Prince Harry may be following in his father's footsteps by bringing his new wife to Australia for their first major overseas tour, but the royal newlyweds are unlikely to face the same angst endured by Prince Charles and Princess Diana.
Two years after their 1981 fairytale wedding, Charles and Diana landed in Australia to begin their first official international tour, bringing their nine-month-old son Prince William along too.
But years later in her tell-all book with Andrew Morton, Diana confided how she found the massive crowds overwhelming throughout the six-weeks Down Under and wanted to flee home to London.
Diana felt it was "make or break time for me", while Charles was shocked to discover how the thousands of Aussie wellwishers who lined up to see them were more interested in his new bride than their future king.
"Everybody always said when we were in the car, 'Oh, we're in the wrong side, we want to see her, we don't want to see him,' and that's all we could hear when we went down the crowds and obviously he wasn't used to that and nor was I," Diana told Moreton.
No doubt the media interest in Harry and Meghan's visit in October will be just as intense - if not even more with 24-hour news coverage and social media - with thousands of Aussies wanting to get a glimpse of the newlyweds.
But unlike Diana, the Duchess of Sussex is much more accustomed to dealing with the spotlight thanks to her acting career and public appearances on the red carpet.
Royal commentator Richard Fitzwilliams expects "an avalanche of media coverage" during the Duke and Duchess of Sussex's tour, which will centre around Harry's week-long Invictus Games for wounded and ill defence veterans in Sydney.
"This will be one of the most publicised royal tours there's ever been," he told AAP.
"This will be their first Commonwealth tour, their first major tour abroad, so expect interest to be fanatical with the press.
"Being their first major overseas tour means that every single royal reporter will be fascinated by what happens."
While Diana had little advice from royal courtiers to help her cope with the pressures of being a new member of the royal family, Meghan has received plenty of coaching to help ease her into her new role.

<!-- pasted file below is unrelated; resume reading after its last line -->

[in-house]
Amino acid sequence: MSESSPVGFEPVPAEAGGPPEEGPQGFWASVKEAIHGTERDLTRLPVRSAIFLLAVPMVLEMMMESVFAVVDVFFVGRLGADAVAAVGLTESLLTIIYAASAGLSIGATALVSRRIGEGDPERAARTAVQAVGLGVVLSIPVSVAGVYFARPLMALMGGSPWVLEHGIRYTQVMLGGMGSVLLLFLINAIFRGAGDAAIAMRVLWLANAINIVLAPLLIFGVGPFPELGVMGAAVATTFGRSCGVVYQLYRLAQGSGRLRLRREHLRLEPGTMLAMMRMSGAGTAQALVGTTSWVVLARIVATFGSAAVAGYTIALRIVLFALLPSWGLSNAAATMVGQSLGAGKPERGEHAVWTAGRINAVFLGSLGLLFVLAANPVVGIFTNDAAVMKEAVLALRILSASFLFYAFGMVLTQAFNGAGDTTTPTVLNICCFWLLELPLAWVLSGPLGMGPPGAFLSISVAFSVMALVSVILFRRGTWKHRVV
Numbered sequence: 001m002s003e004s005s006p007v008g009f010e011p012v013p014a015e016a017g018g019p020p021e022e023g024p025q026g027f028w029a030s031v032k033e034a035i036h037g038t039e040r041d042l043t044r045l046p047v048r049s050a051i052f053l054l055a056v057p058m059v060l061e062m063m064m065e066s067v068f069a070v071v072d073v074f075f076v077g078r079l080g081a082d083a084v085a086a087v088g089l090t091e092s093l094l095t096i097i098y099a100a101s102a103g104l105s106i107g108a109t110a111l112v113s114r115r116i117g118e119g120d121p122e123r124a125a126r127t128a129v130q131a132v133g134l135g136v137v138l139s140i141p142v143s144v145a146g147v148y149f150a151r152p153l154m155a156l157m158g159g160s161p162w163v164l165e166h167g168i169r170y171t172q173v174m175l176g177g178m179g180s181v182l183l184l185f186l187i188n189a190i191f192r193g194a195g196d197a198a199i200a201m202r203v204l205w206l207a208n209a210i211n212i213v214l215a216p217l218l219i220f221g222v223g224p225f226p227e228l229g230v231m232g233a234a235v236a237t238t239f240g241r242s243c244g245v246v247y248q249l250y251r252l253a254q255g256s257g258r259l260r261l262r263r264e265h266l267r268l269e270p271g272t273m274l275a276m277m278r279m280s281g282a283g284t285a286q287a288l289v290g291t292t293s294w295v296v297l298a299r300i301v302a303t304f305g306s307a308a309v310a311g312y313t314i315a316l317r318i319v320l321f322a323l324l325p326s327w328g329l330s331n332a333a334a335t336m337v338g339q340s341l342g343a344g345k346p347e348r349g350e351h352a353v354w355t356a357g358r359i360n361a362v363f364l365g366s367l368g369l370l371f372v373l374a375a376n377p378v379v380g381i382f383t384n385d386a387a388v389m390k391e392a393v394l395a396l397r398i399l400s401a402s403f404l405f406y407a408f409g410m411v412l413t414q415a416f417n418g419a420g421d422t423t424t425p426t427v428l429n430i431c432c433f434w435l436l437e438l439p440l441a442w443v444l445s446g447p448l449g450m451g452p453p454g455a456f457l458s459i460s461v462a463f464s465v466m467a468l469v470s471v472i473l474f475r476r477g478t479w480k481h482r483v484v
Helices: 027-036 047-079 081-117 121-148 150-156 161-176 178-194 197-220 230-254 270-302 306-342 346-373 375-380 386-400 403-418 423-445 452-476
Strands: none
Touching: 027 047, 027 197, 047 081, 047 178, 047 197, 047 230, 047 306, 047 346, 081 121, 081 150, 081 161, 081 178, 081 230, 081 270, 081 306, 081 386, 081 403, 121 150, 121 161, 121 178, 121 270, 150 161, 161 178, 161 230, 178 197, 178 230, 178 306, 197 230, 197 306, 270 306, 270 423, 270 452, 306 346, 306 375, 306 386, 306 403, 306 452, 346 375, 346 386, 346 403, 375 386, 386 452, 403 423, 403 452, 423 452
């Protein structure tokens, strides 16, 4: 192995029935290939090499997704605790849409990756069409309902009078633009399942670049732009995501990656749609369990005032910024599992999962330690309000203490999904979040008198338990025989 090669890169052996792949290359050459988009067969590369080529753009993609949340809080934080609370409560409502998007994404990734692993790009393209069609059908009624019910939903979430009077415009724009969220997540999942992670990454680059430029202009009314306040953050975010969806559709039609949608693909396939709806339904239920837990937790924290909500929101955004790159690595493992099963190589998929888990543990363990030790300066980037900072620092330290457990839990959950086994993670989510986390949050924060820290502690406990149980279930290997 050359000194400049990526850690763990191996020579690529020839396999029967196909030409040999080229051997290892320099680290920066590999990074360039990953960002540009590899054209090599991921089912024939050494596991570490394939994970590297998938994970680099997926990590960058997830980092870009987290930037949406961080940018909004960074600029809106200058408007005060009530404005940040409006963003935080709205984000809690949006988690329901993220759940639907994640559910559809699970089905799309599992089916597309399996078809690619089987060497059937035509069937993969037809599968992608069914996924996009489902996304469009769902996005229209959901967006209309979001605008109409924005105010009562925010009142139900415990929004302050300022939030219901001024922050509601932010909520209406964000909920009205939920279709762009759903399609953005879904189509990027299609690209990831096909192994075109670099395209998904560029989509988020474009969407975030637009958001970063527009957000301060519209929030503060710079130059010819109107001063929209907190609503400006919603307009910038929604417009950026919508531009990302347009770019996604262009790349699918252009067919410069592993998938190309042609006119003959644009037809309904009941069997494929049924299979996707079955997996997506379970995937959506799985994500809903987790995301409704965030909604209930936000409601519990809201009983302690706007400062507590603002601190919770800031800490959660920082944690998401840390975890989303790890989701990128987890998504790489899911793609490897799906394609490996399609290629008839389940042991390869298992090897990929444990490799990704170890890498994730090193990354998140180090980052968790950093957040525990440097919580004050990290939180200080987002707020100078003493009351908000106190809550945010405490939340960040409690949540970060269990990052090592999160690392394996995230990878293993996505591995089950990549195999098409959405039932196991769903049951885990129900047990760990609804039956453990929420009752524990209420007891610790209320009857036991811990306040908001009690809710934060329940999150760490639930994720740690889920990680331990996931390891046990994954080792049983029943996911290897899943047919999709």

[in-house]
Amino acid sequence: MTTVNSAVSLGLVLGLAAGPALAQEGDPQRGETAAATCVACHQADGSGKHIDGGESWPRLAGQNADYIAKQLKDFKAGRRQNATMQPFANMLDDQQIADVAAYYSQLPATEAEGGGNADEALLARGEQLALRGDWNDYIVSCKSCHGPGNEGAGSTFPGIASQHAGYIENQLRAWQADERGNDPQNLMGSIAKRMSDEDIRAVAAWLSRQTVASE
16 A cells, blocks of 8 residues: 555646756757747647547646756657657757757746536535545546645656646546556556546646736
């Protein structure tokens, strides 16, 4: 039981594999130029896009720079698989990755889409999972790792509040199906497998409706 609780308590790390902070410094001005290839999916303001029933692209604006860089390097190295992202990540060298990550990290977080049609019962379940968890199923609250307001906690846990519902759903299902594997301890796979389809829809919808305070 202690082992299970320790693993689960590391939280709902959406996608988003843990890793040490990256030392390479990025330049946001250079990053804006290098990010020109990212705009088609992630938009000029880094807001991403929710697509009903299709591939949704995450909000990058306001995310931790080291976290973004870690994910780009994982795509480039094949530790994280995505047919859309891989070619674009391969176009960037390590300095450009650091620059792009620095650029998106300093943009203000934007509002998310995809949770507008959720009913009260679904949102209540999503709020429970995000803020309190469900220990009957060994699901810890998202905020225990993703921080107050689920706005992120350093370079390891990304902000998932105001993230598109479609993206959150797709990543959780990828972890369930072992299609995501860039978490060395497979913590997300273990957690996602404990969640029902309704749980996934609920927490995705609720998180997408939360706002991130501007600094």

Less than a month after she wed Harry at Windsor Castle in May, Meghan impressed onlookers during her first joint official engagement with the Queen in Cheshire.
The American-born Suits star had the Queen in fits of giggles as they watched local children perform during the opening of a bridge.
Following that appearance Meghan joined Harry and other members of the royal family for the annual Trooping of the Colour in London in June, and received a rapturous welcome a few days later alongside the Queen at Royal Ascot.
The couple were mobbed in July during a two-day visit to Ireland, and cheers erupted around Wimbledon when Meghan joined sister-in-law the Duchess of Cambridge to watch Serena Williams compete in the women's singles final.
"Meghan's done so well working the crowds," Mr Fitzwilliams said.
"She's obviously had a good deal of coaching.
"But while she's known red carpets before, she's known nothing like this."
Harry and Meghan's tour of Australia is seen as a key one for the royal couple, who during a TV interview to mark their engagement last November spoke of their desire to promote humanitarian causes close to their hearts across Commonwealth member countries including Australia.
"The intention is that they become a dynamic charitable duo and they they espouse certain causes in Britain and the Commonwealth, as well as internationally," Mr Fitzwilliams said.
"This tour will be absolutely pivotal because it will be the springboard for others around the Commonwealth and the United States."
Harry and Meghan's arrival in Australia comes six months after Prince Charles made his 16th official visit to Australia, primarily to open the 21st Commonwealth Games on Queensland's Gold Coast.
The week-long visit by Charles, who was joined by his wife the Duchess of Cornwall for five days, was judged a success as he carried out royal duties at the Games as well as in north Queensland and the Northern Territory.
However the public interest in Charles among Australians appears much less than that directed at Harry and Meghan, despite the 69-year-old prince being the heir to the throne while his son is way down the line of succession in sixth spot.
And it is the intensity of the scrutiny of him and Meghan that reportedly has Harry concerned.
According to Vanity Fair's royal reporter and author Katie Nicholl, Harry, 34, is concerned about the attention Meghan, 37, has been receiving since their wedding.
"He worries there is too much hysteria around Meghan and he wants to row back a bit," a source told Nicholl recently.
No doubt Harry does not want a repeat of the media hounding his mother endured for many years before her death in 1997.
But from the moment Harry and Meghan land in Australia, finding respite from the spotlight might prove a difficult task.